Providing the relevant tools for a lesson within a course area creates a seamless experience for users. For example, you can provide discussion forums and journals with multimedia, lecture files, and tests.
When you include a tool in a course area, you can describe what it is used for, provide instructions for the tool, and attach necessary files. For example, you can link to a blog, attach a file to read, and explain that users need to post to the blog next week.
Your institution controls which tools are available. You have the ability to disable tools in your course on the Control Panel > Customization > Tool Availability. To learn more, see Managing Tool Availability.
Deciding where to put tools depends on the situation.
Method 1: Access individual tools from the course menu. This method provides quick access to frequently used tools. Make the Tools link on the course menu unavailable so students cannot access other unneeded tools. To learn more, see The Course Menu.
Method 2: Access individual tools from a course area. With this method, you can provide tools near related content. For example, if students are required to read an item in a content area and then respond on the discussion board, add a tool link in the content area for easy discussion board participation. To learn more, see How to Add a Tool Link in a Course Area.
Method 3: Access tools from the Tools link on the course menu. Consider using this method to quickly set up your course. Use for a course that supplements a face-to-face class and provides tools for online communication outside of the regular classroom.
In the following table, learn about the types of tools available to help students meet your learning objectives and pedagogical requirements.
|Discussion Board||The discussion board is an asynchronous tool for sharing thoughts and ideas about class materials. The discussion board is made up of forums that may appear anywhere in your course, but are also all centrally located in the discussion board tool. |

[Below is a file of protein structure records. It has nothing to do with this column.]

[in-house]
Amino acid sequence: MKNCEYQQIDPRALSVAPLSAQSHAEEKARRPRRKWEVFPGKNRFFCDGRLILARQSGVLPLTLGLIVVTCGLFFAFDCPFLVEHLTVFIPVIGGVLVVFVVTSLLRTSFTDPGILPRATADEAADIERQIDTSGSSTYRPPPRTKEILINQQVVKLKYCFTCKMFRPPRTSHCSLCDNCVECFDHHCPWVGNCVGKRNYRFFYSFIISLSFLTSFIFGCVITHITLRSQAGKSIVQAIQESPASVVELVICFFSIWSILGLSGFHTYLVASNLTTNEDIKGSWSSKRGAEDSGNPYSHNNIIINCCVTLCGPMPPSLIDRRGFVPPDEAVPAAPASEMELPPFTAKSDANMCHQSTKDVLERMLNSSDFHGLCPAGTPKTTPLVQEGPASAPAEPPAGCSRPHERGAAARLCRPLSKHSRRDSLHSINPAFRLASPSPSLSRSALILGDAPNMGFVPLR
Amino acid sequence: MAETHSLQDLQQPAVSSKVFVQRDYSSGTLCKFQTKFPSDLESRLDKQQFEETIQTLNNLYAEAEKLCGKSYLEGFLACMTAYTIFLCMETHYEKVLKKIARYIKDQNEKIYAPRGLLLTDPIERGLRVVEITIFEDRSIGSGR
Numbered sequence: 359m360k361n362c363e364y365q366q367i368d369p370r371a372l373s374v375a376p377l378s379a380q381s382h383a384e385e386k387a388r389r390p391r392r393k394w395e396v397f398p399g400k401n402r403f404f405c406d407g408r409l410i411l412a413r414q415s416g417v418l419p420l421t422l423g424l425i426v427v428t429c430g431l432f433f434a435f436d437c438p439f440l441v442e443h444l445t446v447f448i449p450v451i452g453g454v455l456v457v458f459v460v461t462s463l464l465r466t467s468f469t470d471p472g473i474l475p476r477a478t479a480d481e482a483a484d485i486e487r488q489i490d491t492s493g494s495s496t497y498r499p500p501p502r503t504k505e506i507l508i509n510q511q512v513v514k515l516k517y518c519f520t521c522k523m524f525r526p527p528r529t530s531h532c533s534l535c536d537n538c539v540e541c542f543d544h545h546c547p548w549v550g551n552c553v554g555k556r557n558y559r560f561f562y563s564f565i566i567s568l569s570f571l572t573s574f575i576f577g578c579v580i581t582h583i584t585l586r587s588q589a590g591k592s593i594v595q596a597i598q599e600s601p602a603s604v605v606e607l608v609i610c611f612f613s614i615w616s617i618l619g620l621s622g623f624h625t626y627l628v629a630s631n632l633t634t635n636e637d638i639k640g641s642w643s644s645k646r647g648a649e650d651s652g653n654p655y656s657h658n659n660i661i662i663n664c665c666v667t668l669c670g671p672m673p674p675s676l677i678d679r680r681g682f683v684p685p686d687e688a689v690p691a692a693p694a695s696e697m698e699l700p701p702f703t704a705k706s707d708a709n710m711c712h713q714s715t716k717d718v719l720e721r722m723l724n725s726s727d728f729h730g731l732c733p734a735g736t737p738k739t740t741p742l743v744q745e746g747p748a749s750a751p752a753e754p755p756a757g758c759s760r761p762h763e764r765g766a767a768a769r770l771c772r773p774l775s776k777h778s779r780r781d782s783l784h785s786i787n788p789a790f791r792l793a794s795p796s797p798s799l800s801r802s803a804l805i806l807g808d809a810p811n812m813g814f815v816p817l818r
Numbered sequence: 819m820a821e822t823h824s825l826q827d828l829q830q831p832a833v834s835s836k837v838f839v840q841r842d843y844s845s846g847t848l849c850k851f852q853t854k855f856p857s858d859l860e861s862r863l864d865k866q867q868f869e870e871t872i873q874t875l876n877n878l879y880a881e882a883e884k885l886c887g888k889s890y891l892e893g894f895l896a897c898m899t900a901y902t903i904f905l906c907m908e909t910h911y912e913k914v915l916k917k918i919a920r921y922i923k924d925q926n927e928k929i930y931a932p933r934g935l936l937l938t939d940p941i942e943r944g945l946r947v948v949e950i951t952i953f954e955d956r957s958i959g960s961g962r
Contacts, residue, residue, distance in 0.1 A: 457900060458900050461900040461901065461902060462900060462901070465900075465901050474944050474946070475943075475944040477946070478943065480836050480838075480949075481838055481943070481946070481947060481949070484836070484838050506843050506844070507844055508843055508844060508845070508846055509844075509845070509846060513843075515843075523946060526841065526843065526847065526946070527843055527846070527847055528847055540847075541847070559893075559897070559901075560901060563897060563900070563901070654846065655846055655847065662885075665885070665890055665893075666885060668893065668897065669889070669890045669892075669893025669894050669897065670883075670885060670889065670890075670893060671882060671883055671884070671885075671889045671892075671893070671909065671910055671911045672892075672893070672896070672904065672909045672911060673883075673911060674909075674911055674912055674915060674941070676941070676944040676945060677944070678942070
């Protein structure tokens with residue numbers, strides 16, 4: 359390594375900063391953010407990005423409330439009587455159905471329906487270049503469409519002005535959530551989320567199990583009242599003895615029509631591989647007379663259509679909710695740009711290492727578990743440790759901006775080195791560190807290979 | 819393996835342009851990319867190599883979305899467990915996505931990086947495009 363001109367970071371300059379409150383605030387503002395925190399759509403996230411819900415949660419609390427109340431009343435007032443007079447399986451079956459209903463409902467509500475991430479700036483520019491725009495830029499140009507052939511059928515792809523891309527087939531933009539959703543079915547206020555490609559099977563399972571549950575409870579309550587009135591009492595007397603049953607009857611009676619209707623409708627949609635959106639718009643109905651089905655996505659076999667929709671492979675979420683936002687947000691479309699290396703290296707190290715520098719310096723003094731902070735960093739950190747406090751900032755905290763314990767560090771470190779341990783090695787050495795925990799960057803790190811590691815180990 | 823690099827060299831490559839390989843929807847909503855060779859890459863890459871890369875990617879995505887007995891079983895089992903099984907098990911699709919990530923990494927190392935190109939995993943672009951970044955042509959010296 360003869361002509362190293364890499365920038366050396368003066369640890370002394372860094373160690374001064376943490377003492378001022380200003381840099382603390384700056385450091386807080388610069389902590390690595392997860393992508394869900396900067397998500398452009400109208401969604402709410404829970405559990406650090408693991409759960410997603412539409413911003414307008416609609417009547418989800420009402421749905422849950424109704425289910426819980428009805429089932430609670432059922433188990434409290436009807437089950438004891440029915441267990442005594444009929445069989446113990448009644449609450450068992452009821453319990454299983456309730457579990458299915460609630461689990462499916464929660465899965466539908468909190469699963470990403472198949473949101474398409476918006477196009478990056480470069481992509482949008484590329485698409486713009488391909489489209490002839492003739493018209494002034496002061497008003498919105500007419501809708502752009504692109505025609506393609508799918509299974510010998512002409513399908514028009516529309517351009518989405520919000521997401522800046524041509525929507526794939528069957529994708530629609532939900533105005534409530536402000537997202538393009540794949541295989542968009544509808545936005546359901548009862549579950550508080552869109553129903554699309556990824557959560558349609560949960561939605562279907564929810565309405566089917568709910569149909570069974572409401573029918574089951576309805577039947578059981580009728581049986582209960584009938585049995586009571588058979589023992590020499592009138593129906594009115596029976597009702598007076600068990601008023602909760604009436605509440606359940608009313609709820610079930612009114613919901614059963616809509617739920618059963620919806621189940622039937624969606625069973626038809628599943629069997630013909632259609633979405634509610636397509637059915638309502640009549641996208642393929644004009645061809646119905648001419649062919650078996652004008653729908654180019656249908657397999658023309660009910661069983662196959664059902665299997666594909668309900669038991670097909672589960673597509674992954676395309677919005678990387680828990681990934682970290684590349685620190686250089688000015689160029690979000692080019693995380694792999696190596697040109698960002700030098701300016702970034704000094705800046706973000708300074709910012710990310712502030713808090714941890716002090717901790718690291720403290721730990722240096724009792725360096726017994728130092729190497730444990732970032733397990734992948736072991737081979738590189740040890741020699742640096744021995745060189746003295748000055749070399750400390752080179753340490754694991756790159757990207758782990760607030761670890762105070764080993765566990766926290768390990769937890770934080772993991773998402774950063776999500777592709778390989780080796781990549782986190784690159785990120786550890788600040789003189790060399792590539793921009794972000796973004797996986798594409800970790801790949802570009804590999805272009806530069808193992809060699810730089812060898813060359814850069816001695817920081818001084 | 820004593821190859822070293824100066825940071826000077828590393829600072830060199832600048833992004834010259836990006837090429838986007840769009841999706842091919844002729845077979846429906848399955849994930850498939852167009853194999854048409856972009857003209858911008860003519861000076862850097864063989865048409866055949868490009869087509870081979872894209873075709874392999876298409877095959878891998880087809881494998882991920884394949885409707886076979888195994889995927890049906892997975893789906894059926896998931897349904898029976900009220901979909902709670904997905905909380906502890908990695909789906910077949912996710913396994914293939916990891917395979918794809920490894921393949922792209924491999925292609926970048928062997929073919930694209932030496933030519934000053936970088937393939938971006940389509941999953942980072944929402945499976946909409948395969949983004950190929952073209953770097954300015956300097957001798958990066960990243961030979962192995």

To learn more, see Discussion Board.
|Blog||A blog is a personal online journal that is frequently updated and intended for public viewing. Each blog entry can include any combination of text, images, links, multimedia, mashups, and attachments. |
To learn more, see Blogs.
|Journal||Journals provide a personal space for students to communicate privately with you, the instructor. Students can also use journals as a self-reflective tool to post their opinions, ideas, and concerns about the course, or discuss and analyze course materials. |
To learn more, see Journals.
|Wikis||A wiki is a collaborative tool that enables multiple writers to collaboratively contribute and modify one or more pages of content. Users can create and edit pages quickly, while tracking changes and additions. |
To learn more, see Wikis.
|Groups||You can link to the group tool to access all groups -OR- link to a specific group page. |
To learn more, see Course Groups.
|Chat||Chat allows users to interact with each other using a text-based messaging tool in real time. |
To learn more, see Chat.
|Virtual Classroom||The virtual classroom includes a shared whiteboard, chat, group browser, and a map for navigating to areas in your course. |
To learn more, see Virtual Classroom.
|Tools Area||The Tools Area provides a list all tools that are available to students.|
|More Tools||Click More Tools to expand the drop-down list to include additional tools. Click it again to hide the additional tools.|
You can link to an entire tool, such as the main blogs page, or an area of the tool, such as a specific blog. You can also create a new blog while working in the course area.
From the Tools drop-down list, you can also select Tools Area so users can access a list of all available tools in your course.